Fail2ban secures your router to some external hackers, by watching for logged failed attempts & banning source IP addresses temporarily.

Created using info from:

# Install default python (2.5 at the moment)
ipkg install python

# Our wget cannot cope with HTTPS, so use python to directly download the latest release as of Sept 2013
cd /opt/share
python -c "import urllib;urllib.urlretrieve ('', 'fail2ban-0.8.10.tar.gz')"

# Unpack and move to intended destination without using fail2ban's - we're too non-standard an environemt
tar xvzf fail2ban-0.8.10.tar.gz
mv fail2ban-0.8.10 fail2ban
cd fail2ban

# Fixup all those references to /usr/bin/python
sed -i 's/\/usr\//\/opt\//' fail2ban-*

# Add a suitable bit of dropbear-watching to the system
cat >> config/jail.conf <<EOF
enabled = true
filter = dropbear
action = iptables[name=dropbear, port=2222, protocol=tcp]
logpath = /tmp/syslog.log
maxretry = 8

# Try running it
mkdir /var/run/fail2ban
./fail2ban-client -x -v -c config/ start

# You can later monitor status with:
/opt/share/fail2ban/fail2ban-client -x -v -c /opt/share/fail2ban/config/ status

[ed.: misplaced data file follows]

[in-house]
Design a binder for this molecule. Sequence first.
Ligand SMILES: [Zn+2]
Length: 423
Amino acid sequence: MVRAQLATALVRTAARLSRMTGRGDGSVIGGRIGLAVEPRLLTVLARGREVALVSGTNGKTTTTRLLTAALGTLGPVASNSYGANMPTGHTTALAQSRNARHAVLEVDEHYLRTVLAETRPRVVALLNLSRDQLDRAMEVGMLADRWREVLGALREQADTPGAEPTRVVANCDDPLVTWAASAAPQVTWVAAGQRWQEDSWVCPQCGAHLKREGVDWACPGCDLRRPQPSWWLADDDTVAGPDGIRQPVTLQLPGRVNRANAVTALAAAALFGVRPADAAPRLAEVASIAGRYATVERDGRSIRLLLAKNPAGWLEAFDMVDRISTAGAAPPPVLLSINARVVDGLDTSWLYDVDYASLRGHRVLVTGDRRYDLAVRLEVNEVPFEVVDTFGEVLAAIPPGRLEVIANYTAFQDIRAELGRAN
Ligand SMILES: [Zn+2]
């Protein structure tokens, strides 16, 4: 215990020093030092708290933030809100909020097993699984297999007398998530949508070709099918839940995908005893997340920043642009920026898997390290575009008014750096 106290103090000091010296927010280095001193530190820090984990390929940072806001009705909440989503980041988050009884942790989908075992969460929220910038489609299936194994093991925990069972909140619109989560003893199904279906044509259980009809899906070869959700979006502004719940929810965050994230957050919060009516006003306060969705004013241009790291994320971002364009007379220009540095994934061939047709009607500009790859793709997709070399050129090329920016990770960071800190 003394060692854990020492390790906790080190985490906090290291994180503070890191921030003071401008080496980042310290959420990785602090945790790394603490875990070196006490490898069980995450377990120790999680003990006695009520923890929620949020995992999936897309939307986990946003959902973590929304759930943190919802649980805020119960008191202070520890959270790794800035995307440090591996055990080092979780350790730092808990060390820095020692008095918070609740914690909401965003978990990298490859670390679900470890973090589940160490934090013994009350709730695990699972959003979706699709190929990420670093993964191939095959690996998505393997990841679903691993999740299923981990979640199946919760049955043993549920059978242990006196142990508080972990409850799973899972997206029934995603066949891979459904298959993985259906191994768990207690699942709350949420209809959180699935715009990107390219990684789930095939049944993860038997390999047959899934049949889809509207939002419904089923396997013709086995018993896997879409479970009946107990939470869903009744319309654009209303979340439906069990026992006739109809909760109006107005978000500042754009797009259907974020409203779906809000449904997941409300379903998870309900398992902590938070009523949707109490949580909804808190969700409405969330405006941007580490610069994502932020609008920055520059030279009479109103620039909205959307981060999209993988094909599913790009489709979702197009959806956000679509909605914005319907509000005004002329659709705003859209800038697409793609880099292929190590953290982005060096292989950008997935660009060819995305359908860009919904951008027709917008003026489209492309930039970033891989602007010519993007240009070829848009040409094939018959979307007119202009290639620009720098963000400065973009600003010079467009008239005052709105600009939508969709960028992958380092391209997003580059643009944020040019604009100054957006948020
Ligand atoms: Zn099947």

tail -f /var/log/fail2ban.log

So far this works to ban dropbear's port 2222 (only) if it detects several failed log-ins. I've upped the maxretry to 8 to allow one complete manual attempt at ssh'ing to bail-out without banning straight away.

E.g. try a bad password from another PC with:

ssh -o PubkeyAuthentication=no
ssh -p 2222


  • Service script to start at startup
  • Look into behaviour of fail2ban when you clear the admin log via the web admin GUI (which deletes the /tmp/syslog.log file - annoying fail2ban)
  • See if fail2ban could monitor anything else:
    • OpenVPN seems quite grown up by itself already
    • Failed logins to the web admin GUI don't put anything into the syslog (grrr - bad boy ASUS!)
    • Look into samba logs
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